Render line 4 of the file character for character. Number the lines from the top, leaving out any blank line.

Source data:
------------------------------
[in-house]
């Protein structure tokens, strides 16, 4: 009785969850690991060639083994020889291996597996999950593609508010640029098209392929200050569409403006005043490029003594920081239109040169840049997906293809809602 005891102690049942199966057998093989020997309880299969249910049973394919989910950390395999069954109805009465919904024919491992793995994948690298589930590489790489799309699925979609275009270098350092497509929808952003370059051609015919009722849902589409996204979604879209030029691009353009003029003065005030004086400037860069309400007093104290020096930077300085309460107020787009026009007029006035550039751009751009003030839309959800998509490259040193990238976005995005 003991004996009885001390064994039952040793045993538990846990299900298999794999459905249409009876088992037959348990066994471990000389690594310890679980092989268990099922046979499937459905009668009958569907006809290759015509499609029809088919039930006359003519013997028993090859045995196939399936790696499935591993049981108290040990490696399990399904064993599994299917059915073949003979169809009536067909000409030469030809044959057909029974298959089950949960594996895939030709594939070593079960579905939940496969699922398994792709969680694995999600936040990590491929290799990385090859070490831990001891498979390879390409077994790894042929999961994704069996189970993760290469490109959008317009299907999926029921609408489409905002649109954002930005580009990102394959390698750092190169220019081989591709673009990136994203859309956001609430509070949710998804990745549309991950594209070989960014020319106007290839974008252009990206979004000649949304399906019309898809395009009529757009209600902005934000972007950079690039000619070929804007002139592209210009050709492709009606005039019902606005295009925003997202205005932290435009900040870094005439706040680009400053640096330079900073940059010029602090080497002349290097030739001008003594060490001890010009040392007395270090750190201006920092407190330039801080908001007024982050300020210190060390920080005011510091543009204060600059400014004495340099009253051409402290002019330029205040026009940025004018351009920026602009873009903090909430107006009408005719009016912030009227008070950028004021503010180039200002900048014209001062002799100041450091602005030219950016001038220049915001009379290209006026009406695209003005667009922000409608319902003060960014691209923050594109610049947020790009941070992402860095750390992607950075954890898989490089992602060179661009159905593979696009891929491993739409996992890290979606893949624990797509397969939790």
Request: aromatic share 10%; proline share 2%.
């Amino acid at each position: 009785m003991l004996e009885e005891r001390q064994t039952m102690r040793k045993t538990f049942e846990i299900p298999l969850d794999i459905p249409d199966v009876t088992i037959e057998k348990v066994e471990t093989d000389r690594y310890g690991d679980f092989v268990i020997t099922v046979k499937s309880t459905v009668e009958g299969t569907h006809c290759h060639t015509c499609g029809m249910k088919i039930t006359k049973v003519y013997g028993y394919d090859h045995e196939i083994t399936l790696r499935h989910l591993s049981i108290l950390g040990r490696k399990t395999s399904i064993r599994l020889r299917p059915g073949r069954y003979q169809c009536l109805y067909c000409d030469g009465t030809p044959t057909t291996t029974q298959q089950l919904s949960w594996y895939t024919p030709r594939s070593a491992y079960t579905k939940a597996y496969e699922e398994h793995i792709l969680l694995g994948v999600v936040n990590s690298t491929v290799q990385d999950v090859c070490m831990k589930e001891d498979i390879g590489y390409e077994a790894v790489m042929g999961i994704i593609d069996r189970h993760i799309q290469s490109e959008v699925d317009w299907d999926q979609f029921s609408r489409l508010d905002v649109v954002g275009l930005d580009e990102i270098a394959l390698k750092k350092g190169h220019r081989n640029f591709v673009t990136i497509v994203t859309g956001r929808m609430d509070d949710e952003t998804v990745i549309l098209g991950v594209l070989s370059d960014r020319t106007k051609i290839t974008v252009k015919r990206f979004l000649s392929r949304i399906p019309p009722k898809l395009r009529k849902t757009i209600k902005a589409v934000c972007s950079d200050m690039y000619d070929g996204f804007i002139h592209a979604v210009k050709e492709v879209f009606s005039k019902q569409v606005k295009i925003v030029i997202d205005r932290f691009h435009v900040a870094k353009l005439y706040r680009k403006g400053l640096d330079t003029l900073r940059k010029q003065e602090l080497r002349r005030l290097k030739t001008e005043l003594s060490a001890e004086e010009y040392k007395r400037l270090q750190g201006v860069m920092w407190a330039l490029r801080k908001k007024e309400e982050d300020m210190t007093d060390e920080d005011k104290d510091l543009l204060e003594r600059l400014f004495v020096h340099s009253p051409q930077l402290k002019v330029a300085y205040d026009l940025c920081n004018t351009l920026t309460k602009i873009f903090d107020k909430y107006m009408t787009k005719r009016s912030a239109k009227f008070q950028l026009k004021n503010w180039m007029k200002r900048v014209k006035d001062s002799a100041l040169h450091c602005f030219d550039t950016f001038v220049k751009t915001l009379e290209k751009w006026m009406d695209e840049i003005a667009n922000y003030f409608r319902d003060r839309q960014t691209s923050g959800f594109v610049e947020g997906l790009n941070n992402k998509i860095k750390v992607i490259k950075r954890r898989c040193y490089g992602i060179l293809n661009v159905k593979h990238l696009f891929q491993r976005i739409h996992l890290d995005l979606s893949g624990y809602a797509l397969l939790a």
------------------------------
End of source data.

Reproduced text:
């Amino acid at each position: 009785m003991l004996e009885e005891r001390q064994t039952m102690r040793k045993t538990f049942e846990i299900p298999l969850d794999i459905p249409d199966v009876t088992i037959e057998k348990v066994e471990t093989d000389r690594y310890g690991d679980f092989v268990i020997t099922v046979k499937s309880t459905v009668e009958g299969t569907h006809c290759h060639t015509c499609g029809m249910k088919i039930t006359k049973v003519y013997g028993y394919d090859h045995e196939i083994t399936l790696r499935h989910l591993s049981i108290l950390g040990r490696k399990t395999s399904i064993r599994l020889r299917p059915g073949r069954y003979q169809c009536l109805y067909c000409d030469g009465t030809p044959t057909t291996t029974q298959q089950l919904s949960w594996y895939t024919p030709r594939s070593a491992y079960t579905k939940a597996y496969e699922e398994h793995i792709l969680l694995g994948v999600v936040n990590s690298t491929v290799q990385d999950v090859c070490m831990k589930e001891d498979i390879g590489y390409e077994a790894v790489m042929g999961i994704i593609d069996r189970h993760i799309q290469s490109e959008v699925d317009w299907d999926q979609f029921s609408r489409l508010d905002v649109v954002g275009l930005d580009e990102i270098a394959l390698k750092k350092g190169h220019r081989n640029f591709v673009t990136i497509v994203t859309g956001r929808m609430d509070d949710e952003t998804v990745i549309l098209g991950v594209l070989s370059d960014r020319t106007k051609i290839t974008v252009k015919r990206f979004l000649s392929r949304i399906p019309p009722k898809l395009r009529k849902t757009i209600k902005a589409v934000c972007s950079d200050m690039y000619d070929g996204f804007i002139h592209a979604v210009k050709e492709v879209f009606s005039k019902q569409v606005k295009i925003v030029i997202d205005r932290f691009h435009v900040a870094k353009l005439y706040r680009k403006g400053l640096d330079t003029l900073r940059k010029q003065e602090l080497r002349r005030l290097k030739t001008e005043l003594s060490a001890e004086e010009y040392k007395r400037l270090q750190g201006v860069m920092w407190a330039l490029r801080k908001k007024e309400e982050d300020m210190t007093d060390e920080d005011k104290d510091l543009l204060e003594r600059l400014f004495v020096h340099s009253p051409q930077l402290k002019v330029a300085y205040d026009l940025c920081n004018t351009l920026t309460k602009i873009f903090d107020k909430y107006m009408t787009k005719r009016s912030a239109k009227f008070q950028l026009k004021n503010w180039m007029k200002r900048v014209k006035d001062s002799a100041l040169h450091c602005f030219d550039t950016f001038v220049k751009t915001l009379e290209k751009w006026m009406d695209e840049i003005a667009n922000y003030f409608r319902d003060r839309q960014t691209s923050g959800f594109v610049e947020g997906l790009n941070n992402k998509i860095k750390v992607i490259k950075r954890r898989c040193y490089g992602i060179l293809n661009v159905k593979h990238l696009f891929q491993r976005i739409h996992l890290d995005l979606s893949g624990y809602a797509l397969l939790a």